Newspaper headlines shout the story: “Mass Migration in Europe is Unstoppable” and “A Mass Migration Crisis, and It May Get Worse.” Despite the near-apocalyptic tone of the press, the actual situation is not as unique as suggested. The humanitarian crisis is heart wrenching; however, we are going to focus on addressing the broader questions of human migration trends, the specific issues facing Europe and what the future might hold, and potential investment implications.
History of Mass Migrations
Mass migrations are an integral part of world history. The first migrations involved the movement of humans out of Africa to Europe, Asia, and the Americas thousands of years ago. Like most migrations, these involved people fleeing climate pressures or political conflicts, seeking new opportunities for a better life. Encyclopedia Britannica summarizes the largest migrations as follows:
“The map of Europe is the product of several major early migrations involving the Germanic peoples, the Slavs, and the Turks, among others. In the course of 400 years-from the late 16th through the 20th century, the Americas, Australia, Oceania, the northern half of Asia, and parts of Africa were colonized by European migrants. The overseas migration of Europeans during this period totaled about 60 million people.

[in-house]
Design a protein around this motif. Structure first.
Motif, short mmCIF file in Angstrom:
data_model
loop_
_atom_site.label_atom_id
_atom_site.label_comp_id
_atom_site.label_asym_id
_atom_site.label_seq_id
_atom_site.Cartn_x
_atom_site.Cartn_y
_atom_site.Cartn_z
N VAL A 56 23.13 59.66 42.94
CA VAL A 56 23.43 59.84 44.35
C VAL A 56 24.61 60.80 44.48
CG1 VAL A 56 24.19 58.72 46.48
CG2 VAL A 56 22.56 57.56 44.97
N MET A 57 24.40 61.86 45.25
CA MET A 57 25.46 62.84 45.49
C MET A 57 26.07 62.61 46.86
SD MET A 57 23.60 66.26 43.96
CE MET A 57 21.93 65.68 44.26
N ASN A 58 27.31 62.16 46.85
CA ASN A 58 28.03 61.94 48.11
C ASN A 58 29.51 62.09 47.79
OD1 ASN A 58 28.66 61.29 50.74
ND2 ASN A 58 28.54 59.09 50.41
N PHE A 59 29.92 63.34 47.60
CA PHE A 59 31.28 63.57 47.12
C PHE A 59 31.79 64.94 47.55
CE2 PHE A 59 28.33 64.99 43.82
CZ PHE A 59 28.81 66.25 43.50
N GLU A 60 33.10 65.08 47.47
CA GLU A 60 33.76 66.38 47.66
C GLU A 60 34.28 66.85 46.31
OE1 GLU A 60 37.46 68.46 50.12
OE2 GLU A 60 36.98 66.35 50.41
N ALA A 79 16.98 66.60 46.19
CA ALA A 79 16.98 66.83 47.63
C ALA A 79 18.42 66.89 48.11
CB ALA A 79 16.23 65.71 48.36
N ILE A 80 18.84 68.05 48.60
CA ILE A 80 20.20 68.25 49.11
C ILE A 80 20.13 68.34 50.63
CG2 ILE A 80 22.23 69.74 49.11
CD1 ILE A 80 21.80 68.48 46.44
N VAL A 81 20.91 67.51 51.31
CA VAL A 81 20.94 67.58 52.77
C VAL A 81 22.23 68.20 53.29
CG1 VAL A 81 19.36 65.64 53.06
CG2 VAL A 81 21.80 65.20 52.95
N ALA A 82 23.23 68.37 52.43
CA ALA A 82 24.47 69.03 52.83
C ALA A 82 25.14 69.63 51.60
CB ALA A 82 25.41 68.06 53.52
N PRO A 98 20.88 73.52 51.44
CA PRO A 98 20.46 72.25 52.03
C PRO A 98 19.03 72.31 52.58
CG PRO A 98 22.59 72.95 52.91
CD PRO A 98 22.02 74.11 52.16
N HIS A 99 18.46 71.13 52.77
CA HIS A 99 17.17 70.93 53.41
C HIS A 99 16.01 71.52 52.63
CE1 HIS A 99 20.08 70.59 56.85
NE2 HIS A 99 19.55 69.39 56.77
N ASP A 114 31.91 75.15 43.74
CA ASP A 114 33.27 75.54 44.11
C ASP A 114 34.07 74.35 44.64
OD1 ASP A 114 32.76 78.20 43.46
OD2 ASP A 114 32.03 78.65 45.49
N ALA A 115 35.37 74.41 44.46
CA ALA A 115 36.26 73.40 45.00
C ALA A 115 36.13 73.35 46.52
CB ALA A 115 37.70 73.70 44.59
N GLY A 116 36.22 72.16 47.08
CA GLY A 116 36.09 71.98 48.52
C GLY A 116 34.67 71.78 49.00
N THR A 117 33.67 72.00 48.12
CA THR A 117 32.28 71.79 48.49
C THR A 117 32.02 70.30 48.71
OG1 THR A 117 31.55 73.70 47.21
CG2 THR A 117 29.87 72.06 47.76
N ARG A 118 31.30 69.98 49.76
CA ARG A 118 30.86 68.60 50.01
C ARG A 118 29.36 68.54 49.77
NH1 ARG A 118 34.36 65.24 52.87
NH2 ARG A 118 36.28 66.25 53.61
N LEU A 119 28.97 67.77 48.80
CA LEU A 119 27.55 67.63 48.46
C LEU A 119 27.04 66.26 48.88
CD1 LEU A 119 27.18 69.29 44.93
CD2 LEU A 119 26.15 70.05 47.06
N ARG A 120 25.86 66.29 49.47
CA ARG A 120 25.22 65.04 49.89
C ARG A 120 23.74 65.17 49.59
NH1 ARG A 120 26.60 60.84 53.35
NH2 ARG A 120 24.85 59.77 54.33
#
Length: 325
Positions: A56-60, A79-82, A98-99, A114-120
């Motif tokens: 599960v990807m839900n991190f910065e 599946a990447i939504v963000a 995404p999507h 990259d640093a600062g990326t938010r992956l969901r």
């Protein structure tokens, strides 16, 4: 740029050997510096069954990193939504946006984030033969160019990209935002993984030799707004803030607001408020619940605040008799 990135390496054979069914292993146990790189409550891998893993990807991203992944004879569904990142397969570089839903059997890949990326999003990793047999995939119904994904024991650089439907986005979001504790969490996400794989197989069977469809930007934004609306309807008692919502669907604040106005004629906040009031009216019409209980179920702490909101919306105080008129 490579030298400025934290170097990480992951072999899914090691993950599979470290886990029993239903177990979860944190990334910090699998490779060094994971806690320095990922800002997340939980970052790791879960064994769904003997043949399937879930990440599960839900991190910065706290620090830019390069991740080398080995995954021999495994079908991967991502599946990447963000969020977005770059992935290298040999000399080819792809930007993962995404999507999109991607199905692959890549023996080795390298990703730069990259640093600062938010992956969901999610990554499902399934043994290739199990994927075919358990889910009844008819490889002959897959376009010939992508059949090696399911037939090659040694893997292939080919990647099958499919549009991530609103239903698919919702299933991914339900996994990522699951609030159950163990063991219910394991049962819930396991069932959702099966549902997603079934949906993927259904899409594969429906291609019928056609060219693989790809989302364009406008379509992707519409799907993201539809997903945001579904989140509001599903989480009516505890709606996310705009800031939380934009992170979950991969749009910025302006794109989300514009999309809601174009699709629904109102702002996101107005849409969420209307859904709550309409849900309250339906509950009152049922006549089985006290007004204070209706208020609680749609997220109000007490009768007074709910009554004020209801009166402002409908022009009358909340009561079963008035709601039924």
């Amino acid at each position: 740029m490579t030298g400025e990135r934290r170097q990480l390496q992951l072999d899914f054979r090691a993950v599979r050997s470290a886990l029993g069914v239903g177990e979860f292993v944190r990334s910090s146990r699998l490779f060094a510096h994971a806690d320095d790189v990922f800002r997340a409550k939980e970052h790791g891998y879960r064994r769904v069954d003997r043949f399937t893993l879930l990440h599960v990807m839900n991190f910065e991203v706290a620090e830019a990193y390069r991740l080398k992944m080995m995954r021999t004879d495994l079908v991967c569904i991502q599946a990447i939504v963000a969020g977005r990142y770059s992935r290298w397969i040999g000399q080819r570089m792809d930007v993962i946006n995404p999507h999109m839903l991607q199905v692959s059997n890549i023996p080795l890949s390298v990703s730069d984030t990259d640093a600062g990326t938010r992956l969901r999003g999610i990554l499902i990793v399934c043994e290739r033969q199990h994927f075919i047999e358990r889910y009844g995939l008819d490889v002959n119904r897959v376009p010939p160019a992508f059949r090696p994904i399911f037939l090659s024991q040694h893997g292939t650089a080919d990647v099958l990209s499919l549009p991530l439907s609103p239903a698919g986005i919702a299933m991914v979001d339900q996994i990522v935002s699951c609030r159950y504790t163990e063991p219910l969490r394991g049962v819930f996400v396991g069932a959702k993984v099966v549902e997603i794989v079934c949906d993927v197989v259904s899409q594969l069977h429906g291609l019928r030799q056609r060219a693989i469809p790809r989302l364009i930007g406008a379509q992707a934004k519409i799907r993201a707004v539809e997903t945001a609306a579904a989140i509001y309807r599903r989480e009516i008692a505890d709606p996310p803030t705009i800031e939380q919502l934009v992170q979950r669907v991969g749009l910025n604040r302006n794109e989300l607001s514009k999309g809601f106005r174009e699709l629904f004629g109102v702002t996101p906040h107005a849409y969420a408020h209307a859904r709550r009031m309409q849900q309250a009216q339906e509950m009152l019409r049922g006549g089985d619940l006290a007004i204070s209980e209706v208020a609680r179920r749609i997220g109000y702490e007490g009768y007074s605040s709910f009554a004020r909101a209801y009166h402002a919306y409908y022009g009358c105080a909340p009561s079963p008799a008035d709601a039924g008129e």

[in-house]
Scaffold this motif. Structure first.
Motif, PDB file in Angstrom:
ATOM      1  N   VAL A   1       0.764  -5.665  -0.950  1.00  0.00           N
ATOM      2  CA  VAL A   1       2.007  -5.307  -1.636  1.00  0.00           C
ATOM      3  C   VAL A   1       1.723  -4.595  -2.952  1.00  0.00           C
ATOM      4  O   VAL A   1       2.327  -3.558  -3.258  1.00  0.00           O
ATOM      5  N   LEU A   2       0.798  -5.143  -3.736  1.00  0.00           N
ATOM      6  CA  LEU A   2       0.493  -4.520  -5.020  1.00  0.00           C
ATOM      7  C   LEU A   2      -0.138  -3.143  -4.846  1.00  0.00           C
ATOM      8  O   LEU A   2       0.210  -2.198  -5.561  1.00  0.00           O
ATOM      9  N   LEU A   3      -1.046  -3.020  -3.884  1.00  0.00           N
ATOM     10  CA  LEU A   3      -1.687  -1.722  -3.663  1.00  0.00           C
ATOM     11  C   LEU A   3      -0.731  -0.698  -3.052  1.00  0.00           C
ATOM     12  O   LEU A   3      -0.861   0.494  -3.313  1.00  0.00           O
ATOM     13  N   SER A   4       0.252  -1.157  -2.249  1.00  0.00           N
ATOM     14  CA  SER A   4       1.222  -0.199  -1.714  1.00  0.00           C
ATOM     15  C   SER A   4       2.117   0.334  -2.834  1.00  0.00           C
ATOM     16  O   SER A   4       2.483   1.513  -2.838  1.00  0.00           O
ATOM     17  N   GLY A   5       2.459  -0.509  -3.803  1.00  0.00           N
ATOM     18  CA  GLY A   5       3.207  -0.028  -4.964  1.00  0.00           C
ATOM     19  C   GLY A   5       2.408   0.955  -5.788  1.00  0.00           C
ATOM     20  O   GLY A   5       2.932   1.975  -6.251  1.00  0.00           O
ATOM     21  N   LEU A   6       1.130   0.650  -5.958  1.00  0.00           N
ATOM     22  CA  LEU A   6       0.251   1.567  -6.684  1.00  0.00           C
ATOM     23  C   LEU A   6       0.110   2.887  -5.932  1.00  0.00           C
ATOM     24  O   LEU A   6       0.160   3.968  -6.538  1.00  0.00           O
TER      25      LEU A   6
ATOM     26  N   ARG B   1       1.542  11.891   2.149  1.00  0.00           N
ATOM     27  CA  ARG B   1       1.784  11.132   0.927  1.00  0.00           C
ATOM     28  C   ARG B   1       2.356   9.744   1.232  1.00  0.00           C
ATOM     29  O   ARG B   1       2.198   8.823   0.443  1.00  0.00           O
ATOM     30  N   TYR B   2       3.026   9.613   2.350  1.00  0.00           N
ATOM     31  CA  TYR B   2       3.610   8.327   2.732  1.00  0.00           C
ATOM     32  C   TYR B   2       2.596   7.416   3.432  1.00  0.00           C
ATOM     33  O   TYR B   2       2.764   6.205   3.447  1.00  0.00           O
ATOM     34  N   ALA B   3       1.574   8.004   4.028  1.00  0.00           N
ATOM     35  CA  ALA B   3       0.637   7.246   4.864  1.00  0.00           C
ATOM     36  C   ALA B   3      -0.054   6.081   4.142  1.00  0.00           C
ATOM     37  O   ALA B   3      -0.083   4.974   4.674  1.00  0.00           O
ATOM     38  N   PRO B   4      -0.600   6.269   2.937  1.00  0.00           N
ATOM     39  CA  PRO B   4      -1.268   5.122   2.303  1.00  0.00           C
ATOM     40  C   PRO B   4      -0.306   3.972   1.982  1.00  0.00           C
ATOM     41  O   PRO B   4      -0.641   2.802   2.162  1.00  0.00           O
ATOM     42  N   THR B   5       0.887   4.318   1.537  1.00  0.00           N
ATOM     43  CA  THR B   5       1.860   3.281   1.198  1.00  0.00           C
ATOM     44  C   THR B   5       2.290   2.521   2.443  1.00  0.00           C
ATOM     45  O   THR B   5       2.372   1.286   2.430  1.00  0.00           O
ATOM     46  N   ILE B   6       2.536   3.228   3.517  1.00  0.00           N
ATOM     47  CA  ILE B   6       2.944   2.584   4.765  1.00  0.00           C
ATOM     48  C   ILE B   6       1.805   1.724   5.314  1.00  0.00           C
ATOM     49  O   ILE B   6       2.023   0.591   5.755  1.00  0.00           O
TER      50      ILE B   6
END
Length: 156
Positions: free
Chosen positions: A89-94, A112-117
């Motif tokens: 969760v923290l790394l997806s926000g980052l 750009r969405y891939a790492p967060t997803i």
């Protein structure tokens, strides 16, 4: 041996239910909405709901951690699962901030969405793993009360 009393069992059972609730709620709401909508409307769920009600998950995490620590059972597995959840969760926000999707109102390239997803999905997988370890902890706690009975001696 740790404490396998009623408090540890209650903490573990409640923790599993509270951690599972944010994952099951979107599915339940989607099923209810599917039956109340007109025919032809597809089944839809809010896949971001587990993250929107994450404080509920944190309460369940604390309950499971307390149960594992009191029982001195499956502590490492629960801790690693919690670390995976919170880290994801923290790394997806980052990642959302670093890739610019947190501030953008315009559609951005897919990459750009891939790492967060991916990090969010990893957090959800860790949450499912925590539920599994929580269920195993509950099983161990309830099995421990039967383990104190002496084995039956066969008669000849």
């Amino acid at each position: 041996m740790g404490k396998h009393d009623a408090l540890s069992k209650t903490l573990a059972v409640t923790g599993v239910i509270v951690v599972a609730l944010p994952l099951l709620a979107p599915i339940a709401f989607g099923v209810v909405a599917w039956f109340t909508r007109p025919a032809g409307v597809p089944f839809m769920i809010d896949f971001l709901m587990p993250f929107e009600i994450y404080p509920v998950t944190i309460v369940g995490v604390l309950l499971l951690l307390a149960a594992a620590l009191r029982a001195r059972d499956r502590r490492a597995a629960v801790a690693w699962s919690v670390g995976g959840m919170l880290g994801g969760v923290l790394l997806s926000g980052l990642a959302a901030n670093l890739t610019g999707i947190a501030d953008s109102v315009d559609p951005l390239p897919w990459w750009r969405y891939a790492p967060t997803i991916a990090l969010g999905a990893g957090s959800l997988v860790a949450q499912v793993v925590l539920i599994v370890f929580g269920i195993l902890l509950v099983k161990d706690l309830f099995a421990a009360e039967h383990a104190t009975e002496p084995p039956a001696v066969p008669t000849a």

The largest migration in history was the so-called Great Atlantic Migration from Europe to North America, the first major wave of which began in the 1840s with mass movements from Ireland and Germany. In the 1880s a second and larger wave developed from eastern and southern Europe; between 1880 and 1910 some 17 million Europeans entered the United States. The total number of Europeans reaching the United States amounted to 37 million between 1820 and 1980.
From 1801 to 1914 about 7.5 million migrants moved from European to Asiatic Russia (i.e. Siberia), and between World Wars I and II about 6 million more…. Some 13 million migrants became permanent residents of Western Europe from the 1960s through the ‘80s, and more than 10 million permanent immigrants were admitted legally to the United States in that same period.”
Historical Migrations Compared to Today
There are four stark contrasts today with prior immigrations:
- The movement is taking place in a comparatively short period of time,
- Underlying economies are weak and deleveraging,
- The effect of current entitlement programs, and
- Terrorism risk.